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Microsoft CEO says Google deals kept Bing small

Microsoft CEO says Google deals kept Bing small

Microsoft logo at the Microsoft Store in New York City, July 28, 2015. The global launch of Microsoft’s Windows 10 operating system will take place on July 29. REUTERS/Mike Segar/File Photo Obtaining licensing rights

WASHINGTON, Sept. 28 — Apple and other smartphone makers rejected revenue-sharing agreements that would have helped Microsoft’s Bing search engine and instead kept Google as the default search engine, a Microsoft executive testified Thursday. .

Jonathan Tainter, a Microsoft vice president whose job was to help Bing grow, testified in the US Justice Department’s antitrust trial against Alphabet Inc’s Google in US District Court in Washington.

The Department of Justice accuses Google of paying $10 billion annually to wireless carriers and smartphone makers to ensure that Google Search is the default option on their devices. The government says Google abused its monopoly on search and some aspects of search advertising.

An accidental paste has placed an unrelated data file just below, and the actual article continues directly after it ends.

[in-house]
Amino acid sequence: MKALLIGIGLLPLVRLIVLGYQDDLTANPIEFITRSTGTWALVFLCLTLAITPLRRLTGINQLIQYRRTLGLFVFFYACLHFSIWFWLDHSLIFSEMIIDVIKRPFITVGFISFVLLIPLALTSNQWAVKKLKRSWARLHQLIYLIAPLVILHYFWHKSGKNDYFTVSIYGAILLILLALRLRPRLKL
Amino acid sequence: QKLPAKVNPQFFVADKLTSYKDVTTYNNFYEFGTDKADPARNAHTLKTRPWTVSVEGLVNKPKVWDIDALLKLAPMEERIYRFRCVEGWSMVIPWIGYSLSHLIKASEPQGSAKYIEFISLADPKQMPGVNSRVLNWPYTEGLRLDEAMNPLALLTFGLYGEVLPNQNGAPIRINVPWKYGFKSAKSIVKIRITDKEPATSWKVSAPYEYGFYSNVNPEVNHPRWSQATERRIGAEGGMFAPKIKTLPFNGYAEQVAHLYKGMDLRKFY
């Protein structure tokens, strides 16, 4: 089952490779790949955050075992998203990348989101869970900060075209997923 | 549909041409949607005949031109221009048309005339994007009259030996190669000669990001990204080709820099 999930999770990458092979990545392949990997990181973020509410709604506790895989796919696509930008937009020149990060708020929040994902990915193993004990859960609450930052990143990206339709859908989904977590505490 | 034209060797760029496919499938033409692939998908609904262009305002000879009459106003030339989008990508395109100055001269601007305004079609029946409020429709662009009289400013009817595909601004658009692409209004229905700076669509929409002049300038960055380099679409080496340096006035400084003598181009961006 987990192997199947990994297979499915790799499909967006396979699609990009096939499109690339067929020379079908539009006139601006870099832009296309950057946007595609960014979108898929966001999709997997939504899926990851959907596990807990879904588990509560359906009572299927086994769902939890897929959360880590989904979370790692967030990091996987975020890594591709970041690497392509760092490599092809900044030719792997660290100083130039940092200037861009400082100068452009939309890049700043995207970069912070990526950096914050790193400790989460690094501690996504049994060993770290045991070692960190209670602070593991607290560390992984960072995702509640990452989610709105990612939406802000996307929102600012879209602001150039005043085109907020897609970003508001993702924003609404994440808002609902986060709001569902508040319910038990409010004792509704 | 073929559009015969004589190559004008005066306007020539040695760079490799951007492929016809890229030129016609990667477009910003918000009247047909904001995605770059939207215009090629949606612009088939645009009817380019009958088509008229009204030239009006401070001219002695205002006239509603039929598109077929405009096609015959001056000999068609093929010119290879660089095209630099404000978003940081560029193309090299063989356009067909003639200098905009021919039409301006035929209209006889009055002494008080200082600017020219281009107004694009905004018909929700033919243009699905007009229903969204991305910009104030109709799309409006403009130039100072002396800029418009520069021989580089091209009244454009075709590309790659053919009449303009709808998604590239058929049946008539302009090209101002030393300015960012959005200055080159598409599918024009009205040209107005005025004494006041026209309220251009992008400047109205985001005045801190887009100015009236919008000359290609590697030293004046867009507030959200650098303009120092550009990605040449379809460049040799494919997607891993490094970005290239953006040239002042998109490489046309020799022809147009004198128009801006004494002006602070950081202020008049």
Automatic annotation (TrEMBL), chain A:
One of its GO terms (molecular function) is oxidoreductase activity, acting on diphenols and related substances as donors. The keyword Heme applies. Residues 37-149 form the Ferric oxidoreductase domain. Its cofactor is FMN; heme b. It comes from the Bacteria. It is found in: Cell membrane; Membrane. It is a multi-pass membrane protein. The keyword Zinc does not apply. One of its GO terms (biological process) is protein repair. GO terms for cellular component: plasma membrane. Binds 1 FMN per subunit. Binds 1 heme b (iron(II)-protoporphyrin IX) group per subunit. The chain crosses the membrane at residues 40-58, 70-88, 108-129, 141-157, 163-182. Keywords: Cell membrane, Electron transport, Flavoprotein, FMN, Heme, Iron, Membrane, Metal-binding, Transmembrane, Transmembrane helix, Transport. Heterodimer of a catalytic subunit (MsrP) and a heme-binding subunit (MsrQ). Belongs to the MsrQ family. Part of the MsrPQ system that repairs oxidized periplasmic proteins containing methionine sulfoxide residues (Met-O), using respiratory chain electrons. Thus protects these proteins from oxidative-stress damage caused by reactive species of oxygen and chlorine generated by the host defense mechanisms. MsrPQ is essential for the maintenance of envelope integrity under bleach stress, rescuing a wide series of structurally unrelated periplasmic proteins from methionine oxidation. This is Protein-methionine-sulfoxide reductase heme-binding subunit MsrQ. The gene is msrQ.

Bing has struggled to win the default on smartphones sold in the U.S., and that smaller scale translates to poorer search quality, Tainter said.

Under Justice Department questioning, Tainter testified that Bing was not the default software installed in any Android or Apple smartphone sold in the United States in the past decade, even though Microsoft would sometimes offer to give more than 100%. of revenue – or more – to its partners. a partner.

A Google lawyer pressed Tinter to find out whether it was money or poor quality that kept Bing from dethroning Google as the default search engine on smartphones and other devices.

He pointed to a 2010 analysis by Keystone Strategies that found that people who discover Bing only use it for a very short time.

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“The number of Bing users who stay is single digits,” he said. “More than half of new users only have one active day on Bing mobile before leaving,” the lawyer said. Tainter refused to agree.

Diane Bartz reports. Edited by Jonathan Oatis and Howard Goller

Our standards: Thomson Reuters Trust Principles.

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He focused on antitrust in the United States as well as corporate regulation and legislation, with experience including coverage of the war in Bosnia, and elections in Mexico and Nicaragua, as well as stories from Brazil, Chile, Cuba, El Salvador, Nigeria and Peru.